On to the contents. And a blanket statement--the entire book is extremely well-written. Without ever talking down to the reader, who Law obviously assumes will be intelligent and thoughtful, the prose maintains a popular accessibility. No descents into arcana or Latin jargon, and the examples he draws from are lively and on-point. No strutting here, just useful and engaging writing.
After the introduction, there are chapters on "Playing the Mystery Card," "But It Fits!," "Going Nuclear," "Moving the Semantic Goalposts," "I Just Know!," "Pseudoprofundity," "Piling Up the Anecdotes," "Pressing Your Buttons." For each chapter, Law explains how the BS trick is used, why it's not legitimate to use it, and provides excellent and interesting examples...which he then goes on to deconstruct with non-BS logic. It's a winning approach, and as an amateur skeptic who loves poking around various non-rational beliefs like homeopathy, Law of Attraction stuff, creationism (including intelligent design), end times prophecies and the like, I can say that every one of Law's examples is completely on-target. And his responses--devastating.
What I'm saying is that with "BS," you get a twofer. It's entertaining just as a general kind of read-for-fun book, but it's also a master class in spotting and confronting bologna, and avoiding the Intellectual Black Holes that Law rightly points out, even the brightest of people can fall into if they get trapped in an attractive bubble of unreason, spackled shut by great smears of impenetrable bovine manure.
I'll go back to my initial quibble, though. When it is abundantly clear that a few truly cogent, FORCEFUL arguments are on one side of debate, as is true with atheism, I'm not entirely convinced that feigning a wholly unnecessary and frankly patronizing "fairness" isn't itself not a form of BS.
One by one Stephen Law dissects each tool of the snake oil sales people of emotions and woo: priests, gurus and all of the same sort. With clear definitions and examples the author explains what you have to look around and listen when the alarms sound off: you are approaching an intellectual black hole. From religion to homeopathy , and from new age to ideologies, Stephen Law is very careful in position that the main problem is about the methods: that should put you in alert. He keeps the door open that however improbable, yes, last night you saw an alien, but most likely it was an illusion and because it is so unlike that we have been visited by aliens, better you have good arguments and proof. But if you use the techniques explained here: well my friend , your position does not hold. Period.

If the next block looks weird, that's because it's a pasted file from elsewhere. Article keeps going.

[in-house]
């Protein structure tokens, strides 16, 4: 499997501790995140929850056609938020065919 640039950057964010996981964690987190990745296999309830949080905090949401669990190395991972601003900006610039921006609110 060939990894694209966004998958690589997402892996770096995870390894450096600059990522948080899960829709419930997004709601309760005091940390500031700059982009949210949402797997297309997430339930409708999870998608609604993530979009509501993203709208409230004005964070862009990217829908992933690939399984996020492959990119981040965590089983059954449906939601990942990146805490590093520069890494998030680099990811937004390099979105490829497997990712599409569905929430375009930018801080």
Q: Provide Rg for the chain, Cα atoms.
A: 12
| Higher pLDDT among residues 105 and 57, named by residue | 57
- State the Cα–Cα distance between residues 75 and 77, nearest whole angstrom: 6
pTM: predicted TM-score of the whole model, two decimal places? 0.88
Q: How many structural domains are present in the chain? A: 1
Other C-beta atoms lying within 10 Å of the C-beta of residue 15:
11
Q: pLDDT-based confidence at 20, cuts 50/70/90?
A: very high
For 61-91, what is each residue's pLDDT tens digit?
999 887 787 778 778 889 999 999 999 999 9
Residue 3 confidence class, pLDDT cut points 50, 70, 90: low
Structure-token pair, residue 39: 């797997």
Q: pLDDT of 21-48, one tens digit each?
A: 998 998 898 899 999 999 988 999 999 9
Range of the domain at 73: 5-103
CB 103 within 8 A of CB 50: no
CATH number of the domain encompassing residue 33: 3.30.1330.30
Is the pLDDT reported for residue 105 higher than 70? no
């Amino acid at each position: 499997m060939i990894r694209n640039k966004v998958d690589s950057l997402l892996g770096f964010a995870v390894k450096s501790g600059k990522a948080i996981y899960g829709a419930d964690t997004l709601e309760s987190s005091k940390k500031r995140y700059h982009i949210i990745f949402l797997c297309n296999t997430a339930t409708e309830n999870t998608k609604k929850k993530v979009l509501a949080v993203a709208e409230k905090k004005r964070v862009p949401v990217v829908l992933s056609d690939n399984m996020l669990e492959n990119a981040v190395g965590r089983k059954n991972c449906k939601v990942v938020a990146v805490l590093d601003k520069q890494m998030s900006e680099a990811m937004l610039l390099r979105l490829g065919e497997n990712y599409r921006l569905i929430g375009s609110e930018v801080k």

Pilling up anecdotes , going nuclear, moving goal posts, see it fits, brainwashing, all in detail.
Your survival guide in the fight for reasonable ideas: to carry out there in the jungle of religions, gurus, new age woo, post modernism relativism and all the others you will come along
"Believing BS" is an informative book that identifies eight key mechanisms that can lead ideas into an intellectual abyss. Philosopher, educator and accomplished author, Stephen Law provides an interesting book that will help immunize readers against the follies of poor thinking. It's an expose of popular rhetorical tricks used to defend BS belief system. The author provides many practical examples and shows us quite clearly how to avoid being sucked into these intellectual black holes. This helpful 271-page book includes the following eight chapters (mechanisms): 1. Playing the Mystery Card, 2. "But it Fits! and The Blunderbus, 3. Going Nuclear, 4. Moving the Semantic Goalposts, 5. "I Just Know!", 6. Pseudoprofundity, 7. Piling Up the Anecdotes, and 8. Pressing Your Buttons.
1. A well-researched and accessible book. The author has a pleasant, engaging style.
2. Despite the provocative title, I found the book to be fair, reasonable and even-handed.
3. Succeeds in achieving its main goal of providing readers with intellectual tools to defend against intellectual black holes ("systems constructed in such a way that unwary passerby can find themselves similarly drawn in").
4. Explains eight key strategies in detail by providing illustrations that clearly show how they are applied and what's wrong with it.
5. Includes many religious examples such as Young Earth Creationism and Christian Science. Young Earth Creationism debunked with just the following: "What of the seasonal layers of ice found at the poles, the drilled-out cores of which reveal a seasonal history dating back hundreds of thousands of years?"